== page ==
Is becoming a NP worth it? - page 9
Im very interested in getting an advanced practice degree sometime in my future. Im currently an ADN working on my BSN which will be done next year this time. Im really wondering if NP school is worth it. My reasons why I... Read More
- 0Jun 22, '13 by MrAllenUQuote from BlueDevil,DNPPsych NP does not sound too bad provided one does not have to deal with too much hassle from insurance providers. I say this as a new RN starting out in psych.Interesting thread. Short answer, yes, it is absolutely worth it. I have an independent practice with complete autonomy. I work 3/4 time and earn in the neighborhood of $140K. I make my own hours, come and go as I please.
I personally hate my psych patients, lol. I groan when I see chief complain "depression" or anxiety." I can not stand needy whiners. I'd rather do a DRE any day! Let's get it over with, you go on your way and we do not ever speak of it again, right? I do not want to have to see you and hear about your sucky life and stupid imaginary problems every month for the next year. (Google the Bob Newhart youtube video "Stop It") In that sense, psych NP would be highly preferable to FNP because I suspect most of Zen's patients have genuine behavioral health problems vs. just a failure to cope with normal life challenges, which is mostly what I see labeled as "anxiety" and "depression." Suck it up Buttercup. Get some exercise, get some perspective. A prescription is not going to fix what ails you.
I do get yelled at occasionally, but here is the thing: I am there to treat a medical condition, no to pander to them or enable them. When people are inappropriate, I get up and walk out. The visit is over and I won't see them again.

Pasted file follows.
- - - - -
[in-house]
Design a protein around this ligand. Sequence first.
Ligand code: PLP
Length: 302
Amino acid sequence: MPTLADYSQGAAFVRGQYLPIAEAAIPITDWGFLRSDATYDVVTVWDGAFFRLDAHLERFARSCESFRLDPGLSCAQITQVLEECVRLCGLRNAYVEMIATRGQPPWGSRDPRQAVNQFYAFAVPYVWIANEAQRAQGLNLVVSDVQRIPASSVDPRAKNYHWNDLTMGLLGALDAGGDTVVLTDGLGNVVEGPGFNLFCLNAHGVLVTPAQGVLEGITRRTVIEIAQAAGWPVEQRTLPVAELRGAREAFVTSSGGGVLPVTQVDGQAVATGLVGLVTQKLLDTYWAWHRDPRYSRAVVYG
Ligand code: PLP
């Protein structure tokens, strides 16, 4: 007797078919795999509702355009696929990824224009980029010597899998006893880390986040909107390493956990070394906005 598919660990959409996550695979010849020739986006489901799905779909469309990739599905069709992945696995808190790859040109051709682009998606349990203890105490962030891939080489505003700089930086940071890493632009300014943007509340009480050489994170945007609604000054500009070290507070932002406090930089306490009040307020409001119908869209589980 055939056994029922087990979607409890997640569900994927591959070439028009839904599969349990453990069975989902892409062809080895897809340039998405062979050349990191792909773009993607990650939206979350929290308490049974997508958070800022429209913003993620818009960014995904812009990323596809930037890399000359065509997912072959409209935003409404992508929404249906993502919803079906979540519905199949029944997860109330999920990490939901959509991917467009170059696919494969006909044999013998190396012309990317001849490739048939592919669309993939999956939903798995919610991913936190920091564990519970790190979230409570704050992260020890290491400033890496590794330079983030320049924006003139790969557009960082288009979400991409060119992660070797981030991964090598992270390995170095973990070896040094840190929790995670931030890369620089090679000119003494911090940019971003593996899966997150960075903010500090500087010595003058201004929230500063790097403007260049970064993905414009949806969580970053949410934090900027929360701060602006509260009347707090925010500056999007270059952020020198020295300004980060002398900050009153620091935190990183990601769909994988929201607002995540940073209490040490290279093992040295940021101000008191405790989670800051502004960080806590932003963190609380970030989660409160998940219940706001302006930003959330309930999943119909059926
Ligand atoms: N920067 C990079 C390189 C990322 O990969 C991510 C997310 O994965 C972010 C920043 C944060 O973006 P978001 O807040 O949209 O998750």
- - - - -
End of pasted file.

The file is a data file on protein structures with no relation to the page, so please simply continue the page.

I do see a variety of fascinating things and meet a lot of very interesting people, most of whom are very pleasant. I really love seeing patients that do what they are supposed to do and whom make good progress toward goals. I don't like seeing people that don't follow directions/advice, make no lifestyle changes. I usually cut them loose after a year of no progress. They need to find someone that inspires them to make healthy life change, if I can't I'm not the right provider for them. I 'm not going to just keep writing scripts for the same conditions if they won't even try to do anything for themselves. Besides, they get tired of hearing me harp on the same things and are ready to be done with me too, lol.
29/30 days work pass by pleasantly and without unexpected complications. Most of my grief comes from insurance companies. The words "prior authorization" sometimes make my blood boil, lol. My least favorite part of the job is paperwork. I can't stand filling out FMLA paperwork and endless forms for nursing homes, home health, physical therapists, etc, but at least I can bill for it. I take a half day a week to do nothing else and I don't enjoy that day very much, but it must be done. I usually treat myself to a nice lunch to give myself something to look forward to that day.
I like 75% of my patients, my career trajectory, , my day to day office life, my colleagues and my salary. I'd do it all again.
Also, I think it's admirable that you don't keep patients who just aren't willing to make the necessary changes in order to improve their health. I'm sure there are many other providers who would gladly hold on to those patients, and just keep prescribing them medications.